Although the goals of SARTs are essentially interdependent, a particular proposal or policy could be perceived to work against the interest of one or more of the SART agencies. For example, SARTs may recommend developing protocols and guidelines that include anonymous reporting options for victims. Agencies with public safety responsibilities may feel that anonymous reporting options pose a safety risk for the jurisdiction if victims choose not to cooperate with investigation and prosecution. On the other hand, advocacy agencies may view the process as absolutely necessary for a victim-centered response that gives victims more options.
Some of the concerns may be overcome by staying focused on the team's values and negotiating strategies for finding common ground. In this case, SART members may decide to research how other states have implemented anonymous reporting options. For example, a Massachusetts law states that10—
. . . every physician attending, treating, or examining a victim of rape or sexual assault, or, whenever any such case is treated in a hospital/sanatorium/other institution, the manager/superintendent in charge shall report such case at once to the criminal history systems board and to the police of the town where the rape or sexual assault occurred but shall not include the victim's name, address, or any other identifying information. The report shall describe the general area where the attack occurred without victim identifiers.
This type of response provides for both victim confidentiality and public safety and could be a workable compromise.
One organization or agency may feel a degree of ownership over an activity. For example, SARTs may propose a guideline that permits victim advocates to attend detective interviews. If the policy had previously been one that excluded advocates, law enforcement could perceive the new proposal as one that conflicts with the investigative strategy. On the other hand, advocates may feel that support during interviews is a crucial option for victims. When SART recommendations lead to potential turf issues and competing SART responsibilities, the meeting facilitator may want to appoint an ad hoc committee to research and report back on the issues of concern.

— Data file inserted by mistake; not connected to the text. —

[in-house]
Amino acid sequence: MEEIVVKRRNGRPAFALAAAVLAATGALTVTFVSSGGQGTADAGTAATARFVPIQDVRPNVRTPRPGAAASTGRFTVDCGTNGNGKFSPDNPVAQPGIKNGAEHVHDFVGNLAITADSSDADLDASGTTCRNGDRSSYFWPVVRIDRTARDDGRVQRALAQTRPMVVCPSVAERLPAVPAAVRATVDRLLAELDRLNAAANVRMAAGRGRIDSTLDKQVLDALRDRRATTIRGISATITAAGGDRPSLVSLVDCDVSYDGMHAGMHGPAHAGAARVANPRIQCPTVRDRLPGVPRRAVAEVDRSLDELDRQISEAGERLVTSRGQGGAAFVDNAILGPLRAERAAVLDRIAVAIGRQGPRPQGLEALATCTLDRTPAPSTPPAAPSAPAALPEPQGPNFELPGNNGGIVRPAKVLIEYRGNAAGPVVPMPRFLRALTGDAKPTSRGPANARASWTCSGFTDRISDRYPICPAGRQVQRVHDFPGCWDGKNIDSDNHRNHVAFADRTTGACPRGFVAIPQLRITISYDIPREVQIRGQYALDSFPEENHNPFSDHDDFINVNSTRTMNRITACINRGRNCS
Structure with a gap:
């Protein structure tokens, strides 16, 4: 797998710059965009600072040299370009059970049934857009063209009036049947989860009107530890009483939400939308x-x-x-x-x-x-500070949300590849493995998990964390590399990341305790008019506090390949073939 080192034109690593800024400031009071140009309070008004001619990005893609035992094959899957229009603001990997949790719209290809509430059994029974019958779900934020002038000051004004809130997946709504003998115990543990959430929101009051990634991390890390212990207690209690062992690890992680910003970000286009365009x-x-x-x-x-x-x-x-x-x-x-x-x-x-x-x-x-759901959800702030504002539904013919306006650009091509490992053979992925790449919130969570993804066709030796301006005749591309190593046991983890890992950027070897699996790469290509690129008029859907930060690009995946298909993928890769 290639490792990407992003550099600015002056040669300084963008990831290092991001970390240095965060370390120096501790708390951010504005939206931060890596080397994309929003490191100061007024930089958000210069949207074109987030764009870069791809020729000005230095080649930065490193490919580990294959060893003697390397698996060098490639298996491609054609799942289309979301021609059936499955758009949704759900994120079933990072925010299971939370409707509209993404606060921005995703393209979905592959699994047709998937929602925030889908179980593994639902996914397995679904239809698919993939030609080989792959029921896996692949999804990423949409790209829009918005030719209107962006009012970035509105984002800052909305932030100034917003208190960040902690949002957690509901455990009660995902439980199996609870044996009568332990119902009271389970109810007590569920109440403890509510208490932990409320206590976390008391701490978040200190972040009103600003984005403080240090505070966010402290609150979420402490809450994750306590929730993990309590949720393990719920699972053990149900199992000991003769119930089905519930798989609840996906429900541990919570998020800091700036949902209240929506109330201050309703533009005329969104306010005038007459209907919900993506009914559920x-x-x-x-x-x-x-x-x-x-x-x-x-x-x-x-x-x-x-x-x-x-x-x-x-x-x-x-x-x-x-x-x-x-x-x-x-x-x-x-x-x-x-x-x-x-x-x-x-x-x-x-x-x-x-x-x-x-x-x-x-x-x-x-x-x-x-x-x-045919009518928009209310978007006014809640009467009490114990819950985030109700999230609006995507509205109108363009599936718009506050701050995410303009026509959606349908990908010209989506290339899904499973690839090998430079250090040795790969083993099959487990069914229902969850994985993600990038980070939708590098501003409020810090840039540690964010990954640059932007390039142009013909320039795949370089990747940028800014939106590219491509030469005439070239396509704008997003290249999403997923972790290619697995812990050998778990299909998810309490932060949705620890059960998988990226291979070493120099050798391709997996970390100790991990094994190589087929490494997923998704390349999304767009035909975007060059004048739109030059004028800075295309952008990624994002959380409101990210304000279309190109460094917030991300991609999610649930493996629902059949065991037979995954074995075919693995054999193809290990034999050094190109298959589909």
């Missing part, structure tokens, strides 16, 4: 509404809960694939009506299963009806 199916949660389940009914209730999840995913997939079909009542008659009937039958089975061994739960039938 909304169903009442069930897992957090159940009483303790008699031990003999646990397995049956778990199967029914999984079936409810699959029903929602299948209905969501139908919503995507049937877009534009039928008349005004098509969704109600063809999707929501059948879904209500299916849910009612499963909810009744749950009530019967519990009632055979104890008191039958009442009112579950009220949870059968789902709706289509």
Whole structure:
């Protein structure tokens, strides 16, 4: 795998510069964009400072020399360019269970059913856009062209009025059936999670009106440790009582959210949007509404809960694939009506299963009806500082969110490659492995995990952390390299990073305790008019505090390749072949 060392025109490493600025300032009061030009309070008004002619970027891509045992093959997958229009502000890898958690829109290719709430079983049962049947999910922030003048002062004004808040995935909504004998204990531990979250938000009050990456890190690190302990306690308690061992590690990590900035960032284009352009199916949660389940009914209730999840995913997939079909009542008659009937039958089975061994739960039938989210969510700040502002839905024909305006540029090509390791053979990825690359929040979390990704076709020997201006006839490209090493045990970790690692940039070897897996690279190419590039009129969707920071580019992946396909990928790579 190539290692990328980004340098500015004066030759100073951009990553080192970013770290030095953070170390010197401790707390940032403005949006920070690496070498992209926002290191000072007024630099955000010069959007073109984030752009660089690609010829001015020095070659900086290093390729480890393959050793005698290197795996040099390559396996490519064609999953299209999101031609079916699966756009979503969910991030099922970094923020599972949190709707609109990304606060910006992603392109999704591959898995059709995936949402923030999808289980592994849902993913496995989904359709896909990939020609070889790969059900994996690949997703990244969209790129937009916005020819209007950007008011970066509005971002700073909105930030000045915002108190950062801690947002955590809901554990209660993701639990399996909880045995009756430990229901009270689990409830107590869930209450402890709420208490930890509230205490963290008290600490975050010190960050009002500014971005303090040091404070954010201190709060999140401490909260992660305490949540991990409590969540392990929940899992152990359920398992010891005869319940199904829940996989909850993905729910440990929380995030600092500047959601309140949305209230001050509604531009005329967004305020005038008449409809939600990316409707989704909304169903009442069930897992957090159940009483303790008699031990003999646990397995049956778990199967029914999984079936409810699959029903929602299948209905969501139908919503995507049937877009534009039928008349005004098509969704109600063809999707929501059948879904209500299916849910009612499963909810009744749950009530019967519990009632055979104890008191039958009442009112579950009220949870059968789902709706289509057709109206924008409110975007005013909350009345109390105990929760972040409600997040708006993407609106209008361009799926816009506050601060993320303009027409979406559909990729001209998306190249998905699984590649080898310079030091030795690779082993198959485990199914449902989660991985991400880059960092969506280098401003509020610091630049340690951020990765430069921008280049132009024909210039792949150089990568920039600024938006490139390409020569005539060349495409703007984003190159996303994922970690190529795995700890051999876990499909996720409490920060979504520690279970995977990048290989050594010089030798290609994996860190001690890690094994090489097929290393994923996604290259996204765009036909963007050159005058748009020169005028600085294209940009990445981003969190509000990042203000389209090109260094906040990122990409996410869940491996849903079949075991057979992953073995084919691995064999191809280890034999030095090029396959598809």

For example, Section 679.04 of the California Penal Code states that a victim of sexual assault has the right to have victim advocates and a support person of the victim's choosing present at any interview by law enforcement authorities, district attorneys, or defense attorneys. However, law enforcement or the district attorney may exclude the support person from an interview if they determine that the presence of that individual would be detrimental to the purpose of the interview. This statute balances victims' rights with criminal justice objectives and may provide SARTs with enough flexibility to reach a compromise.
Keep the Momentum
You may periodically struggle to keep up the momentum of team meetings, particularly when your team is at an impasse. To counter this challenge, plan for both long- and short-term goals, restructure how and when meetings are held, or form workgroups to address specific issues or projects.
Another challenge to keeping momentum often occurs when key members leave. It may be that no one replaces them or no one takes over their role and team efforts stall. Often, communities find themselves trying to rejuvenate their SART when this happens. To offset this challenge, create written policies, interagency agreements, or bylaws to institutionalize the involvement of the key agencies the team needs to keep it going. Having these documents may make it easier to secure replacement representatives during staff transitions.
According to the National Sexual Violence Resource Center's 2005 National Needs Assessment, most SARTs do not have paid coordinators or funds for administrative assistance.11 Offset this challenge by rotating administrative responsibilities (e.g., taking meeting minutes, facilitating team discussions) and creating action plans so that responsibilities do not fall on any one person or agency. Ultimately, however, having a designated SART coordinator can do much to ensure that meetings stay focused and productive.
In This Toolkit: Expand SART Membership
Momentum can also be lost when SART members feel their system has been improved. If the team created protocols and guidelines, team members may be tempted to consider their real work done, yet the essential goal of establishing guidelines is to monitor and evaluate the sexual assault response over time. As team goals are reached, consider expanding your membership to include new sectors of the community that can add vitality and new direction to the group.